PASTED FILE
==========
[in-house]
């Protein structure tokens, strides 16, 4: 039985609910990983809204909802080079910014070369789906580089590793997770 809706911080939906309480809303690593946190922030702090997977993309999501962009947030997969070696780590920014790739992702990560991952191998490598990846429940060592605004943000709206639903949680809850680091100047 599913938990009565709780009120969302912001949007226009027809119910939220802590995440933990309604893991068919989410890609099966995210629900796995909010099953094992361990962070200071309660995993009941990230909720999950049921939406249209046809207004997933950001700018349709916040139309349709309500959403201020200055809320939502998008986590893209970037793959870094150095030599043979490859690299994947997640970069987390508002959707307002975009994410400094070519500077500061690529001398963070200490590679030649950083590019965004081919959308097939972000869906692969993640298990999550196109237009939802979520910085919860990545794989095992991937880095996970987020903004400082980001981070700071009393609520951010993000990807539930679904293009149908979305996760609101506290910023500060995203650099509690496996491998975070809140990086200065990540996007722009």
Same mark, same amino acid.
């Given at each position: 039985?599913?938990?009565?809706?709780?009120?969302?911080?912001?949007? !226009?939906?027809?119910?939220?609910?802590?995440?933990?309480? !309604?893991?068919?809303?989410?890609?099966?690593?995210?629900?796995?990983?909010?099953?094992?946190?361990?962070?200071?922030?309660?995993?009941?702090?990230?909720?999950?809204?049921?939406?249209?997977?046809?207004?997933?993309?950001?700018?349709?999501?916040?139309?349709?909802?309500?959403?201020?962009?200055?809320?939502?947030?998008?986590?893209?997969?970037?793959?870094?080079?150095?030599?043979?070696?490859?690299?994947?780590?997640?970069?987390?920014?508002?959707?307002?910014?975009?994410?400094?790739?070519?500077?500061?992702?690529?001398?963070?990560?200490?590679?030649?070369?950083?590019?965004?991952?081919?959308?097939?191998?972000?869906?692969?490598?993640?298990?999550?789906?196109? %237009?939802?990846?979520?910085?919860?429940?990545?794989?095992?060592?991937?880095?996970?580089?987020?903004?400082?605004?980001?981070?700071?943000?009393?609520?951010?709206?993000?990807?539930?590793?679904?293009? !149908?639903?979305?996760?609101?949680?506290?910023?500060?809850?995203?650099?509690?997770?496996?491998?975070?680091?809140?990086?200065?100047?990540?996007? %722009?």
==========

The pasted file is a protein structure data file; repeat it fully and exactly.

[in-house]
């Protein structure tokens, strides 16, 4: 039985609910990983809204909802080079910014070369789906580089590793997770 809706911080939906309480809303690593946190922030702090997977993309999501962009947030997969070696780590920014790739992702990560991952191998490598990846429940060592605004943000709206639903949680809850680091100047 599913938990009565709780009120969302912001949007226009027809119910939220802590995440933990309604893991068919989410890609099966995210629900796995909010099953094992361990962070200071309660995993009941990230909720999950049921939406249209046809207004997933950001700018349709916040139309349709309500959403201020200055809320939502998008986590893209970037793959870094150095030599043979490859690299994947997640970069987390508002959707307002975009994410400094070519500077500061690529001398963070200490590679030649950083590019965004081919959308097939972000869906692969993640298990999550196109237009939802979520910085919860990545794989095992991937880095996970987020903004400082980001981070700071009393609520951010993000990807539930679904293009149908979305996760609101506290910023500060995203650099509690496996491998975070809140990086200065990540996007722009």
Same mark, same amino acid.
């Given at each position: 039985?599913?938990?009565?809706?709780?009120?969302?911080?912001?949007? !226009?939906?027809?119910?939220?609910?802590?995440?933990?309480? !309604?893991?068919?809303?989410?890609?099966?690593?995210?629900?796995?990983?909010?099953?094992?946190?361990?962070?200071?922030?309660?995993?009941?702090?990230?909720?999950?809204?049921?939406?249209?997977?046809?207004?997933?993309?950001?700018?349709?999501?916040?139309?349709?909802?309500?959403?201020?962009?200055?809320?939502?947030?998008?986590?893209?997969?970037?793959?870094?080079?150095?030599?043979?070696?490859?690299?994947?780590?997640?970069?987390?920014?508002?959707?307002?910014?975009?994410?400094?790739?070519?500077?500061?992702?690529?001398?963070?990560?200490?590679?030649?070369?950083?590019?965004?991952?081919?959308?097939?191998?972000?869906?692969?490598?993640?298990?999550?789906?196109? %237009?939802?990846?979520?910085?919860?429940?990545?794989?095992?060592?991937?880095?996970?580089?987020?903004?400082?605004?980001?981070?700071?943000?009393?609520?951010?709206?993000?990807?539930?590793?679904?293009? !149908?639903?979305?996760?609101?949680?506290?910023?500060?809850?995203?650099?509690?997770?496996?491998?975070?680091?809140?990086?200065?100047?990540?996007? %722009?």